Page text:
Background and aim Atopic dermatitis (AD) is a common chronic inflammatory skin disease often accompanied by cutaneous Staphylococcus aureus colonization and, in this regard, especially complicated by the presence of superantigen-producing strains. Because IgG antibodies comprise an important defence mechanism of the adaptive immune system against bacteria, it was investigated whether AD patients have an abnormal pattern or distribution of superantigen-specific IgG subclass antibodies in association with disease severity and activity.
Methods Staphylococcal enterotoxin B (SEB) and staphylococcal enterotoxin C1 (SEC1) specific IgG antibody subclasses were assessed in n=89 adult AD patients with mild to severe disease activity as determined by the SCORAD score and in n=28 healthy age-matched controls. Results were correlated with the current status of bacterial skin colonization and severity score.
Results Thirty-eight per cent of the AD patients showed a selective deficiency in IgG2 antibodies against SEC1 compared with only 14% in the control group. The absence of these antibodies was found in both currently colonized and non-colonized AD patients and was associated with a severe phenotype (SCORAD more than 40 points in two-thirds of the deficient patients). However, these patients had normal production levels of IgG2 antibodies against pneumococcal capsular polysaccharide (PCP) and SEB, but higher IgG1 and IgG4 titres against SEC1. Except for elevated total IgG1, total IgG subclass levels were normal in this AD subgroup. Yet, peripheral blood mononuclear cells (PBMCs) derived from these patients clearly produced IL-4 and IL-5 upon SEC1 re-stimulation whereas PBMCs from those providing SEC1-specific IgG2 antibodies failed in the production of these cytokines.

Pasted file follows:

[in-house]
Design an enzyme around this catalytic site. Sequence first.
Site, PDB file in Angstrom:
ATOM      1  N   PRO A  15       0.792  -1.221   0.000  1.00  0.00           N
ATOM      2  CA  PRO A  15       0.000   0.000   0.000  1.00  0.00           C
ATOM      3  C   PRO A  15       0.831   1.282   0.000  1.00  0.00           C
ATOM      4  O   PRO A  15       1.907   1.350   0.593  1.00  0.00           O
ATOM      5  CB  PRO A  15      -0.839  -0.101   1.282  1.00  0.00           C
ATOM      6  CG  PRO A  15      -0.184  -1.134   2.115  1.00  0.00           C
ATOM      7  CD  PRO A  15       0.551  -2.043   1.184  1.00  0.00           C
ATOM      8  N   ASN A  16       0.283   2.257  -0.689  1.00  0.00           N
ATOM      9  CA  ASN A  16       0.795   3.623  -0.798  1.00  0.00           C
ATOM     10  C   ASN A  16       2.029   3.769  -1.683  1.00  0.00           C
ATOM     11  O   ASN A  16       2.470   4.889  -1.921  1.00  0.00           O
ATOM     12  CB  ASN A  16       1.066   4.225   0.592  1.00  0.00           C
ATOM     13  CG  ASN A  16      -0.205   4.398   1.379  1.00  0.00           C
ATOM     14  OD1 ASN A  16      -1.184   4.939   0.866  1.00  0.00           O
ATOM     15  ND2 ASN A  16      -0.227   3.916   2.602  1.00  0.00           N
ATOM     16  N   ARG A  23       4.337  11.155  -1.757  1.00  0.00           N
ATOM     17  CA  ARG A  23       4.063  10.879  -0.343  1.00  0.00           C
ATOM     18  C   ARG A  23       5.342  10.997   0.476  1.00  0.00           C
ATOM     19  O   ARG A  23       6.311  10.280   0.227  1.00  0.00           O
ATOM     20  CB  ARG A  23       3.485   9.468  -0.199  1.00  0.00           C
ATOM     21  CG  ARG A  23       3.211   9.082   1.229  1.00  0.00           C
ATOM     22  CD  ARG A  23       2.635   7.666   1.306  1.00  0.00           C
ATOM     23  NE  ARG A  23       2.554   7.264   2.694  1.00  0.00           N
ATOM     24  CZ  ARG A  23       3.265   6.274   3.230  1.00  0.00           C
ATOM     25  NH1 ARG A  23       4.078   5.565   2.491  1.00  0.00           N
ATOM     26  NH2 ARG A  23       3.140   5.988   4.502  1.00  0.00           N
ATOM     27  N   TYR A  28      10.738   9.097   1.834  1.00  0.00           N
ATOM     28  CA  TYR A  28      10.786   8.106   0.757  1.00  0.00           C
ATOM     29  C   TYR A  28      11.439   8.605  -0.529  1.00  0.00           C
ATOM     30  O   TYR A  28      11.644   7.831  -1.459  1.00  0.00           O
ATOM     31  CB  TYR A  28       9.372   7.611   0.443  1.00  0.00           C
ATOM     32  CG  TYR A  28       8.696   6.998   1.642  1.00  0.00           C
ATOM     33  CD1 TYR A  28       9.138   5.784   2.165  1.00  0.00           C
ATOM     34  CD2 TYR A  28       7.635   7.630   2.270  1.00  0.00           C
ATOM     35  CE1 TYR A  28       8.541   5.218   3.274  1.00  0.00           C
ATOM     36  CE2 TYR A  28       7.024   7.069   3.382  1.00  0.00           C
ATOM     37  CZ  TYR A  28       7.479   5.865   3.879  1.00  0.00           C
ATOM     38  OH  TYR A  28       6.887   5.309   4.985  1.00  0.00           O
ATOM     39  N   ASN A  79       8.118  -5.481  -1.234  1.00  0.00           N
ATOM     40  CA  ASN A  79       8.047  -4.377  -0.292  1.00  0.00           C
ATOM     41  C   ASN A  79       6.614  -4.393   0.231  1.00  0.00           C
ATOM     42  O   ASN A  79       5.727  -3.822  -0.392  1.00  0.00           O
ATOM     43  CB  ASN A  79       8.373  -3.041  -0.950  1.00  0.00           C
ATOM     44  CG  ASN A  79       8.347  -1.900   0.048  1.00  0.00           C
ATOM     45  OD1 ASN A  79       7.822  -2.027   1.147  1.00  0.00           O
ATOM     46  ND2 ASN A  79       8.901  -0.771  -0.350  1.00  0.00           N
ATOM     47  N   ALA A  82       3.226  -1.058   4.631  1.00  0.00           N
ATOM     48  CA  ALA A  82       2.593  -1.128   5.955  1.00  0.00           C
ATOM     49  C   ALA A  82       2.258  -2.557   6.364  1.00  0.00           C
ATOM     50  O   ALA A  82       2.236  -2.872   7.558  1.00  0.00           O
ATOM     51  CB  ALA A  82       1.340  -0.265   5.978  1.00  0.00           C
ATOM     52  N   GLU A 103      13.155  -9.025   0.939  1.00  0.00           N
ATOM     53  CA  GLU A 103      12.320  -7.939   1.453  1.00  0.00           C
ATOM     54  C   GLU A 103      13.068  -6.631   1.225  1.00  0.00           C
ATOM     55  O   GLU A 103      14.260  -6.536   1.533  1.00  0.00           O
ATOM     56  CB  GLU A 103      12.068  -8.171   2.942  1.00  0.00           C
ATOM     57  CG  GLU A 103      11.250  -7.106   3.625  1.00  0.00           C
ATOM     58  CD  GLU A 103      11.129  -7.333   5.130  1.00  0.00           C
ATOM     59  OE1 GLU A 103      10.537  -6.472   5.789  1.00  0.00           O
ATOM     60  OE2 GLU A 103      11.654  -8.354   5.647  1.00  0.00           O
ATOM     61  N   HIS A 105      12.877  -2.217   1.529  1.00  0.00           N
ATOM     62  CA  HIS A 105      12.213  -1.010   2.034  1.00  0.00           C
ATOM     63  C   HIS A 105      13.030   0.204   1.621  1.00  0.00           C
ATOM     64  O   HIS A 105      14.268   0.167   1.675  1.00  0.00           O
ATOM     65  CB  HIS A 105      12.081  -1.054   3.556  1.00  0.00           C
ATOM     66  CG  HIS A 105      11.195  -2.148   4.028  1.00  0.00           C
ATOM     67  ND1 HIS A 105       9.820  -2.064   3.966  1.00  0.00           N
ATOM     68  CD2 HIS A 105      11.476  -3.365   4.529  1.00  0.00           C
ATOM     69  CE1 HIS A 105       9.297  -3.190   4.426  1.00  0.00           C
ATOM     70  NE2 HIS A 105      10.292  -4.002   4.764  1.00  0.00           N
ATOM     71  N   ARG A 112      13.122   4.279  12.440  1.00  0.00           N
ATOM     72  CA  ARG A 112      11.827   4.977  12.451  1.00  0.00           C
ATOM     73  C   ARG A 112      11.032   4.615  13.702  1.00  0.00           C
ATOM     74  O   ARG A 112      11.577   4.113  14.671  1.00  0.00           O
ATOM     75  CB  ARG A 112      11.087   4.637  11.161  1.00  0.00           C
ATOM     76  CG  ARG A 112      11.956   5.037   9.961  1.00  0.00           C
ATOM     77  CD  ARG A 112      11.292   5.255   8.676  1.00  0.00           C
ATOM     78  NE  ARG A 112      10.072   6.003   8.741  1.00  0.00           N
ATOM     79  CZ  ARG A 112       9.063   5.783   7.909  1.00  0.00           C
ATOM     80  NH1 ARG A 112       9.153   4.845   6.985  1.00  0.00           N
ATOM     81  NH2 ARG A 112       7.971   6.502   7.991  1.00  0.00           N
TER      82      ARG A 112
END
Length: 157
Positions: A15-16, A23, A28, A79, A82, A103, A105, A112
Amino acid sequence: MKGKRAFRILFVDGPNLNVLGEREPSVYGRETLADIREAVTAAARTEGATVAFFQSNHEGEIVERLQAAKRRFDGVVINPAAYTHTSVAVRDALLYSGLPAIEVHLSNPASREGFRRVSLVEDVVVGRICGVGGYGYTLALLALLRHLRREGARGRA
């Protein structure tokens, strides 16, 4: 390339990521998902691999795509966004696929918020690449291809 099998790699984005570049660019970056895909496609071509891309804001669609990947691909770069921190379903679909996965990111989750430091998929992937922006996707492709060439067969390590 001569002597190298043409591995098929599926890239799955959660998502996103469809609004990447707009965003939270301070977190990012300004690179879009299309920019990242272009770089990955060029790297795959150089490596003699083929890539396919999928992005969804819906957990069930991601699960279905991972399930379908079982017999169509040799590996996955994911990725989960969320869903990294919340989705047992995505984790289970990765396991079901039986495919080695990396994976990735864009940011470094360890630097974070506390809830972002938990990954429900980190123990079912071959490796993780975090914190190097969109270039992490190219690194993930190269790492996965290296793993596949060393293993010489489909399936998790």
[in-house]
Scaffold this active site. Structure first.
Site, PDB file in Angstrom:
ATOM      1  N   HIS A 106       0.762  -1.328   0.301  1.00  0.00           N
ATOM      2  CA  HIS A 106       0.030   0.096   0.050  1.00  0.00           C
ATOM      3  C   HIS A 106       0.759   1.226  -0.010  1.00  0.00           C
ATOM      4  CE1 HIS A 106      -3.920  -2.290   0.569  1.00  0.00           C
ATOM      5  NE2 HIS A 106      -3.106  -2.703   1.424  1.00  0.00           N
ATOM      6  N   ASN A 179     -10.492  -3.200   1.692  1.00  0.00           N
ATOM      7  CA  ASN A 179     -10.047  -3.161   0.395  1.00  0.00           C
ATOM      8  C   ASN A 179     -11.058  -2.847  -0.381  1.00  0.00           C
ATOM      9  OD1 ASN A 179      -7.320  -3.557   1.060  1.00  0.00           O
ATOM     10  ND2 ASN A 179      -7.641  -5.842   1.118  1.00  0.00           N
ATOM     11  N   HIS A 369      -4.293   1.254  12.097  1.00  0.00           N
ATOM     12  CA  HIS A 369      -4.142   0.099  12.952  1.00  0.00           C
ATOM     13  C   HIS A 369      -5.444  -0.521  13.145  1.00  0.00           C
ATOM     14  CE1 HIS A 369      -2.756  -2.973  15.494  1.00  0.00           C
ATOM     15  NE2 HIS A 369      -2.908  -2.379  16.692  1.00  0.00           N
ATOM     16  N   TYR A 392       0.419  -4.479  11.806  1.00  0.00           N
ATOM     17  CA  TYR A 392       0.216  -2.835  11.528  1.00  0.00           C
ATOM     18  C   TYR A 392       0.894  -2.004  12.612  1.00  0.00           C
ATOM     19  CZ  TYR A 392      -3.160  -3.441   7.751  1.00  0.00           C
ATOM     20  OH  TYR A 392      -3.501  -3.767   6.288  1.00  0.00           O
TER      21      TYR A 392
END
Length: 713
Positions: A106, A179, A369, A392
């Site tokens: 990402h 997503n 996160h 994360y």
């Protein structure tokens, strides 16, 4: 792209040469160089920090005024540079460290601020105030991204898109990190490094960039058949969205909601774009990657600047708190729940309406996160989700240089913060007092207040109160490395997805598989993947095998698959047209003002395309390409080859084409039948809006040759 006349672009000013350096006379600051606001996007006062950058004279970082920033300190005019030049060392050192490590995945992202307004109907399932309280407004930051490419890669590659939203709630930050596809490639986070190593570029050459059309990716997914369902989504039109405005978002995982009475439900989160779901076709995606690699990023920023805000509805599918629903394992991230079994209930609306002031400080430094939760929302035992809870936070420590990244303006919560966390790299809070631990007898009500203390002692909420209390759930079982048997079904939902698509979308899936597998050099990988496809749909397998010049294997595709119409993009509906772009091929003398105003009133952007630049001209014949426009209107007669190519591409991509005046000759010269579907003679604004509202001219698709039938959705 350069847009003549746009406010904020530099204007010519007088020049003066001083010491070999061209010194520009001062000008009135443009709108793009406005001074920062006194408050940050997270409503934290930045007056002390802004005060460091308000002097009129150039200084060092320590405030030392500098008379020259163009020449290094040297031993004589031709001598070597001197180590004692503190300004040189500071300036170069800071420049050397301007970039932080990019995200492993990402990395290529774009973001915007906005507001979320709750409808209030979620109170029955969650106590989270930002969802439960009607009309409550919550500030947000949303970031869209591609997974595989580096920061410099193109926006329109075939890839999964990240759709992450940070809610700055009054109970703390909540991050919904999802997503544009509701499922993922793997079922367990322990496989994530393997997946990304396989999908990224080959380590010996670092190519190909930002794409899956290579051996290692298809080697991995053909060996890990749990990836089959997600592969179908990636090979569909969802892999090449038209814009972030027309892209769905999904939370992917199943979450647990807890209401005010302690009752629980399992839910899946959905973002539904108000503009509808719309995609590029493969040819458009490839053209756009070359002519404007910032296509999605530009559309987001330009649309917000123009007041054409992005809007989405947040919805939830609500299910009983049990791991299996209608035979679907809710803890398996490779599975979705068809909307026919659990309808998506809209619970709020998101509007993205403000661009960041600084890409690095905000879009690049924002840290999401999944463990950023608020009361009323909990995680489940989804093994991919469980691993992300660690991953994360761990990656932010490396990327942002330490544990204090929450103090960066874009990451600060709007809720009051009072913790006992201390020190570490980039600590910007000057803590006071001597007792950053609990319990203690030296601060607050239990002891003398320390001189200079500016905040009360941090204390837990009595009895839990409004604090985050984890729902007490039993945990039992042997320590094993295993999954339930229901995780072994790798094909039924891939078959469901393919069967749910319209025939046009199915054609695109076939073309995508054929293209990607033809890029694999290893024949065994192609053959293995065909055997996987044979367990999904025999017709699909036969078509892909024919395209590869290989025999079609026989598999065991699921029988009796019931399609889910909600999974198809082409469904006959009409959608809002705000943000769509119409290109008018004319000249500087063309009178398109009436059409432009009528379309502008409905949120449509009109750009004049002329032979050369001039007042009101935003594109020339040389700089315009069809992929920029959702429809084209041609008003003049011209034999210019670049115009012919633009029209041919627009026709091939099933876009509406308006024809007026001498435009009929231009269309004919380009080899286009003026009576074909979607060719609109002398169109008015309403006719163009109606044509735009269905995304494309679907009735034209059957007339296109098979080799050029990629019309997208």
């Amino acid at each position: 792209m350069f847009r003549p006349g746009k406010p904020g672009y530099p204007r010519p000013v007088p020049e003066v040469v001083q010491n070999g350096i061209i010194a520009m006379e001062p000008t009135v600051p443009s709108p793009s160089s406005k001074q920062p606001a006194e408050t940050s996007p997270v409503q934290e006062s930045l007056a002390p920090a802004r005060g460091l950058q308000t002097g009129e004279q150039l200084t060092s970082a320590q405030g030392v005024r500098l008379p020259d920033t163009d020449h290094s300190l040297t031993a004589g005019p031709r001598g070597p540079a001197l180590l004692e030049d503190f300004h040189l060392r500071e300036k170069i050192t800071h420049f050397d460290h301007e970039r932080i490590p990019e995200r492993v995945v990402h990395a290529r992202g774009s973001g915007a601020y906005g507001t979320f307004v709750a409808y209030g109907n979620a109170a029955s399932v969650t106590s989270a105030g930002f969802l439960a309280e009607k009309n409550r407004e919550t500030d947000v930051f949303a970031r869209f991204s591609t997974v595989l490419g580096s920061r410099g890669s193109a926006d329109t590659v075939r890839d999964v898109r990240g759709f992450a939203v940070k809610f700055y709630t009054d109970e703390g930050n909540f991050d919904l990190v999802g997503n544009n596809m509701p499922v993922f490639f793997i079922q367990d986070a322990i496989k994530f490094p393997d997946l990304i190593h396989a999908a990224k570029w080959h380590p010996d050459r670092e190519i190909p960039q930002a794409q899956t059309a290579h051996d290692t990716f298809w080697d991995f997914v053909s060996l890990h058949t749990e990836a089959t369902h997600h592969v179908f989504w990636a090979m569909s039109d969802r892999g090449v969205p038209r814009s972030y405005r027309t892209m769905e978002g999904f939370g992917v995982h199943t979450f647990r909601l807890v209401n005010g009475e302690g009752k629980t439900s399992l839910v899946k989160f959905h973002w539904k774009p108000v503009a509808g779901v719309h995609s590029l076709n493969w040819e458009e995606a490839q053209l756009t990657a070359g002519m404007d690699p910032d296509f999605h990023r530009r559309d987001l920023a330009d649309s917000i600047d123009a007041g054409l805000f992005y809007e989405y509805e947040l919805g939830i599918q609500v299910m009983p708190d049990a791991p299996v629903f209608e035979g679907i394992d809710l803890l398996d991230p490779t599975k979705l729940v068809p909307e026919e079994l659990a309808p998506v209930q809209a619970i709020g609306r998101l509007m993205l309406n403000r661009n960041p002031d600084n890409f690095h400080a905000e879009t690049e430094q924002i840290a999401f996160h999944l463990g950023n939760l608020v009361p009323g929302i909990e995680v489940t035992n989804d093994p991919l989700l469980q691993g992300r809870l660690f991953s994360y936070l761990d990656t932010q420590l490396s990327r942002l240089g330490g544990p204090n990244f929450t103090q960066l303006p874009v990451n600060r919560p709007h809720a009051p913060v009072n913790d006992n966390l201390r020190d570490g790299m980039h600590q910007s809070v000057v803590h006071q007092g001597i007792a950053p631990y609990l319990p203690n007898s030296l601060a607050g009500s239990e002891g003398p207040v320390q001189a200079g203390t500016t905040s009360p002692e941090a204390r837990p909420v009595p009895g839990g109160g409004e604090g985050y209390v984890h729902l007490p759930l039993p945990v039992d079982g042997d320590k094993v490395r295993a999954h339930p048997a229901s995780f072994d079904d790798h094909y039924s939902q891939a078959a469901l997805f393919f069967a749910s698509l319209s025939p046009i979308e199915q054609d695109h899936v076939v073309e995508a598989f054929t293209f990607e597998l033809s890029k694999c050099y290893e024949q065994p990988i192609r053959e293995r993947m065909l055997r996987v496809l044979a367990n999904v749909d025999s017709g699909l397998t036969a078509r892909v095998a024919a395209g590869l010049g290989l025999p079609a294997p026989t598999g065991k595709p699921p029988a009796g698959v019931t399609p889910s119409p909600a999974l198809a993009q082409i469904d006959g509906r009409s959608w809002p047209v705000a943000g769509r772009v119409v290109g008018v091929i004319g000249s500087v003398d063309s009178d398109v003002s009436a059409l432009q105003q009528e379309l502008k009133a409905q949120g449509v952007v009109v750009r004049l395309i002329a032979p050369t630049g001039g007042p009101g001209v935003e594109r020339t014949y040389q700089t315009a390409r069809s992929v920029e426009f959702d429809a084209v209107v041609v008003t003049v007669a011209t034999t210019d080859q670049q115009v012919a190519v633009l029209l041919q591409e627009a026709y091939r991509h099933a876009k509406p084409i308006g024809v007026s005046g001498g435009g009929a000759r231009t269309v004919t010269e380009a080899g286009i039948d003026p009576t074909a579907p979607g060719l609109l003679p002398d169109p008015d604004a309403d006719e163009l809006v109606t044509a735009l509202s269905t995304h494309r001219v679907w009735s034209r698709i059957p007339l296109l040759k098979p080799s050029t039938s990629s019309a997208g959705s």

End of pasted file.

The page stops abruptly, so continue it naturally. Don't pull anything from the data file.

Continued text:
Conclusion A subgroup of AD patients suffers from a selective deficiency to produce anti-SEC1 IgG2 antibodies. This patient group is characterized by a severe AD phenotype.